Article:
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Ahna R. Girshick, Dhanraj Vishwanath, Martin S. Banks; Pictorial space perception and viewing distance. Journal of Vision 2004;4(8):18. doi: 10.1167/4.8.18.
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© ARVO (1962-2015); The Authors (2016-present)
We rarely view pictures from their original projective distance, i.e. from the center of projection (CoP). Nonetheless, the scene perceived from a picture seems to be like the depicted scene. Why does pictorial scene perception seem resistant to changes in viewing distance? The retinal image is altered by changing viewing distance. Thus, if the viewer only used the retinal image associated with a surface in the picture, the surface slant would be misperceived when viewed from the wrong distance. For example, slant would be overestimated when viewing from farther than the CoP. The pictorial-compensation hypothesis (e.g. Kubovy, 1986; Sedgwick, 1980) states how viewers might compensate for incorrect distance. Pictorial cues (e.g. rectilinear structure in the depicted scene) locate the CoP and then used to effectively transport the viewer to the correct position. The compensation hypothesis thus predicts that surface slant would not be overestimated when viewing from farther than the CoP. We trained observers to judge the slant of an upright rectangle in a scene rich with pictorial cues. They made judgments at different distances (including the CoP distance) with monocular and binocular viewing. The visual angle of the stimulus was constant across viewing distance. With both monocular and binocular viewing, slant was estimated correctly at the CoP distance and was overestimated at longer distances. Thus, we found no evidence for the pictorial-compensation hypothesis, even when the picture contained rich pictorial information and the distance to the picture was specified by binocular disparity.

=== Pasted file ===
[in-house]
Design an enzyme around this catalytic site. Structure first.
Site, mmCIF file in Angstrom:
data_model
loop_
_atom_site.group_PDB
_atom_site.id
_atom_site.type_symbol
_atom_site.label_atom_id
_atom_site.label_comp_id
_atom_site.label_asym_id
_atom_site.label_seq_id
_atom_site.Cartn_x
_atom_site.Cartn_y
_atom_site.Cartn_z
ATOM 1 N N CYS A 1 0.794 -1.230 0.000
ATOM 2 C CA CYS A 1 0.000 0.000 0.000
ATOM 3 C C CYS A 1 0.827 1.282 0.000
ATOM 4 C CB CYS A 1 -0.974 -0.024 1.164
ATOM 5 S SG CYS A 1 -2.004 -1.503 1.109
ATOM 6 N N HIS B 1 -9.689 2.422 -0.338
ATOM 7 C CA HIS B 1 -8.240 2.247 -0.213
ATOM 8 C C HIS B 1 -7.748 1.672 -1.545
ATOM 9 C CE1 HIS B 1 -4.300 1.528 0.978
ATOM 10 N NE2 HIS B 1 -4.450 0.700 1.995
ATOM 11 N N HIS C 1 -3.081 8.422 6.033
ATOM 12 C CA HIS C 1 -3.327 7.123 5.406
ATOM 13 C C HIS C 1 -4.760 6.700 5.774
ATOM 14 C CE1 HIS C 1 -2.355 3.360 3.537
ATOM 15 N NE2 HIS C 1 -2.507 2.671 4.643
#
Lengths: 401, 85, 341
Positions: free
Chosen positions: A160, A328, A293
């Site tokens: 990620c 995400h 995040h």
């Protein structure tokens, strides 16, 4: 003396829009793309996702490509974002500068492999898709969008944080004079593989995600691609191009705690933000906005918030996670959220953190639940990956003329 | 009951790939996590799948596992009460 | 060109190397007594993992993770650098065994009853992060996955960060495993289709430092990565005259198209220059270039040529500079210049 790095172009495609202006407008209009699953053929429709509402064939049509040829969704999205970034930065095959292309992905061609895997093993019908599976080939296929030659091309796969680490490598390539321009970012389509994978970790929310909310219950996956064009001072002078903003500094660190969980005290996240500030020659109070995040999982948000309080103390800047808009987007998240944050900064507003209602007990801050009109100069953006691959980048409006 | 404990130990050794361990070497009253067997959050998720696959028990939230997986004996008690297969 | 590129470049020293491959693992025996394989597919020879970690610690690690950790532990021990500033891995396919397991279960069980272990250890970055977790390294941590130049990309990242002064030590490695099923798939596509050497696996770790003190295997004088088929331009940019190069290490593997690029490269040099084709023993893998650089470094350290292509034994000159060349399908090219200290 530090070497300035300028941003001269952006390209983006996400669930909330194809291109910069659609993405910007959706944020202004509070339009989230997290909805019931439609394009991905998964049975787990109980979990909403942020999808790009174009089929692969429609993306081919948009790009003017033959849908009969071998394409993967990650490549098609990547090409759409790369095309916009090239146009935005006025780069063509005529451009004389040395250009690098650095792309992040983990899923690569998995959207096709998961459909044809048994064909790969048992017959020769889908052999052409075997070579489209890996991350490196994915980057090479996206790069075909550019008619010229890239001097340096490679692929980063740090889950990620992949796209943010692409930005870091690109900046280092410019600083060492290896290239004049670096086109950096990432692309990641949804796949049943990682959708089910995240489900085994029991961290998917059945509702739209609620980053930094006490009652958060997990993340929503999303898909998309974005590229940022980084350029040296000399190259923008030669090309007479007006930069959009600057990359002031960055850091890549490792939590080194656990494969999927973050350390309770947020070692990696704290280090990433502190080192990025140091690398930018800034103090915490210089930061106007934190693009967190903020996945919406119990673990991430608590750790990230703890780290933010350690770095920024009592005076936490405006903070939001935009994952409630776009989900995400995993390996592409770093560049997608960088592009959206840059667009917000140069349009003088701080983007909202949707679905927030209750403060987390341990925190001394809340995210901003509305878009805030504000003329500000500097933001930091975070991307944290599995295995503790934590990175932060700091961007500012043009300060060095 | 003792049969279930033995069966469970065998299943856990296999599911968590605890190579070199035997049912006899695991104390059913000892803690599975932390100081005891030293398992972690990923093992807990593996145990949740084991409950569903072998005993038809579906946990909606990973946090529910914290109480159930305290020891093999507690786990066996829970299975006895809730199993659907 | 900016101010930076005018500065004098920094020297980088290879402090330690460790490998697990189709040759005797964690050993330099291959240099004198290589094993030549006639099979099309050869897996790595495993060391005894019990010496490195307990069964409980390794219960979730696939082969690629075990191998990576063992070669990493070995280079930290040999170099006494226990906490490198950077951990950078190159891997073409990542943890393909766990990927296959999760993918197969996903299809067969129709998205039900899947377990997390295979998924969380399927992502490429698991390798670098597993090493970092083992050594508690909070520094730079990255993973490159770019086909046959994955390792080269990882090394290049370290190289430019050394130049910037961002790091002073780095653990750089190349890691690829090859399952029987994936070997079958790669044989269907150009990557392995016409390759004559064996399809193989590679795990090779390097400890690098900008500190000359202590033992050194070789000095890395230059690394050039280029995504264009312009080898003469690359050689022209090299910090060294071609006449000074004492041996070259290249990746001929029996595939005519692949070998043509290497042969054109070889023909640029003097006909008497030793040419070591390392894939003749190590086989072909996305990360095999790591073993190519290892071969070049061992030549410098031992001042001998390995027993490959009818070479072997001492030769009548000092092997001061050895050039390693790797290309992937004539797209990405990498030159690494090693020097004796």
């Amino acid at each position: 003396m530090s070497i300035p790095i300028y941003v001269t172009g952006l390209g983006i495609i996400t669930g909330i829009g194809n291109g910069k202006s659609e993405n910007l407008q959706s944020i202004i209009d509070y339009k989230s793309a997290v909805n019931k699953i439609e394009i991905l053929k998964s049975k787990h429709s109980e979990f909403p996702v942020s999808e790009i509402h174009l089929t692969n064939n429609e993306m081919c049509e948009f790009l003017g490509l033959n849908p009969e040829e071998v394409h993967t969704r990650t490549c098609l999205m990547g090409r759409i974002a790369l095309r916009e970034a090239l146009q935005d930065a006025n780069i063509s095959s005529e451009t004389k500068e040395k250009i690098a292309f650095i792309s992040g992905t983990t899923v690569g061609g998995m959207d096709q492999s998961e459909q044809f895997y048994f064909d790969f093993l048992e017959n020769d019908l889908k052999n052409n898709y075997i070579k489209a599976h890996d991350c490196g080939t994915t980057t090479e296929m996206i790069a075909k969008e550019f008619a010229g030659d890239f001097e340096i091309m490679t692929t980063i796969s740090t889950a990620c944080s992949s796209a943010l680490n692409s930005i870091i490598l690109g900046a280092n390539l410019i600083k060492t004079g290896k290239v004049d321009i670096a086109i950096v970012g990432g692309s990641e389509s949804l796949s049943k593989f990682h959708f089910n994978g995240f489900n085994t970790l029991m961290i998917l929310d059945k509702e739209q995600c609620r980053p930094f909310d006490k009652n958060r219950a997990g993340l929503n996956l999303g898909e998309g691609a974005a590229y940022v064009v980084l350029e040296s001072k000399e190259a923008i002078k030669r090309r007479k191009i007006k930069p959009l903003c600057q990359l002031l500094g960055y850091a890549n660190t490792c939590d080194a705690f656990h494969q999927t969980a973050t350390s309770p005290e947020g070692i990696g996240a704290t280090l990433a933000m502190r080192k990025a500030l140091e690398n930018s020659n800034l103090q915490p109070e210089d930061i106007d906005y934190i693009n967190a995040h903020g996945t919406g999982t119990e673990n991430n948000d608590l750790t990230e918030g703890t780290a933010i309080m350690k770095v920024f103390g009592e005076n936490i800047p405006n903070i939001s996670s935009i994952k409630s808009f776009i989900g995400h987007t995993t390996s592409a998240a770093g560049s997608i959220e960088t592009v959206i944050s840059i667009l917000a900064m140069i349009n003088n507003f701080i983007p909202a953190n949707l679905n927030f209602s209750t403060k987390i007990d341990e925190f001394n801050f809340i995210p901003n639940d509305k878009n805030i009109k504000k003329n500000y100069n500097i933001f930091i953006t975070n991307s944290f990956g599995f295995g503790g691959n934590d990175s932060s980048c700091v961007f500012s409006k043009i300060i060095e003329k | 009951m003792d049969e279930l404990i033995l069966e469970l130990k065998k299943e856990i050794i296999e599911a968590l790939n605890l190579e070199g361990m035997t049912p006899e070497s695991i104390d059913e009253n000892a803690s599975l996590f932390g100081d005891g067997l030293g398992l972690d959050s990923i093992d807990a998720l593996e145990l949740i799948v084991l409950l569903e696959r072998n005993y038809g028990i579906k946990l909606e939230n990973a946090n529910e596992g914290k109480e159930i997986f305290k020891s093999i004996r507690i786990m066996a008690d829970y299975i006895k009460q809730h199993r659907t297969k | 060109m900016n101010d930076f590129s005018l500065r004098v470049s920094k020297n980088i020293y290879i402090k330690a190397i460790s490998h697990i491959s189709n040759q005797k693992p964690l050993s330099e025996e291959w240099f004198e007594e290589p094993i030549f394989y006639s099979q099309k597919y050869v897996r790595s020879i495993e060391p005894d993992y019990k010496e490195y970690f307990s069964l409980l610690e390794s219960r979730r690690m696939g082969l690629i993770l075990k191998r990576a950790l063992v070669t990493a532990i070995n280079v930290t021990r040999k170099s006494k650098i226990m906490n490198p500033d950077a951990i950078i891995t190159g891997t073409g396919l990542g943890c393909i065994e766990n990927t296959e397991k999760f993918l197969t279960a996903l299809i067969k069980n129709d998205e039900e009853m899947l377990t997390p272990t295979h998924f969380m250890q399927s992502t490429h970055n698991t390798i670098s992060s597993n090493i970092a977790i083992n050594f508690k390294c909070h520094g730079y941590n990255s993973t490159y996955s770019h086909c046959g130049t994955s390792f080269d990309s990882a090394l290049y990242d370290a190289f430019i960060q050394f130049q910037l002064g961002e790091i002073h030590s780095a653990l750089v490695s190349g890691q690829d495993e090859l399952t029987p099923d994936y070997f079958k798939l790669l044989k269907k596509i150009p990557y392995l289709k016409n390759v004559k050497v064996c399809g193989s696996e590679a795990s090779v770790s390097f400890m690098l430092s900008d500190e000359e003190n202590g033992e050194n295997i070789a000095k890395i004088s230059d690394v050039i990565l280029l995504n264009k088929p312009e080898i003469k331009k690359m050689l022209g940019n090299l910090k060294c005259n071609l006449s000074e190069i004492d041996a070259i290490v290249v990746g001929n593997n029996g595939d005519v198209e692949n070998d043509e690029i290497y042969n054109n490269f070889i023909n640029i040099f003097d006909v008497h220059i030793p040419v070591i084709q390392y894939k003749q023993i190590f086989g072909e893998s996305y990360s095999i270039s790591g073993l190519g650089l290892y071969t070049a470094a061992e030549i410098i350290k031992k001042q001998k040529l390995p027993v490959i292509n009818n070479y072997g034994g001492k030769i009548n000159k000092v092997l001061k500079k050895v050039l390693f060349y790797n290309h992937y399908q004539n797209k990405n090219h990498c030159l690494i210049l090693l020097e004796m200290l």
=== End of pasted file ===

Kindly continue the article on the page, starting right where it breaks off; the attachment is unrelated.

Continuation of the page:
DOE CSGF (for ARG), NIH NRSA (for DV)
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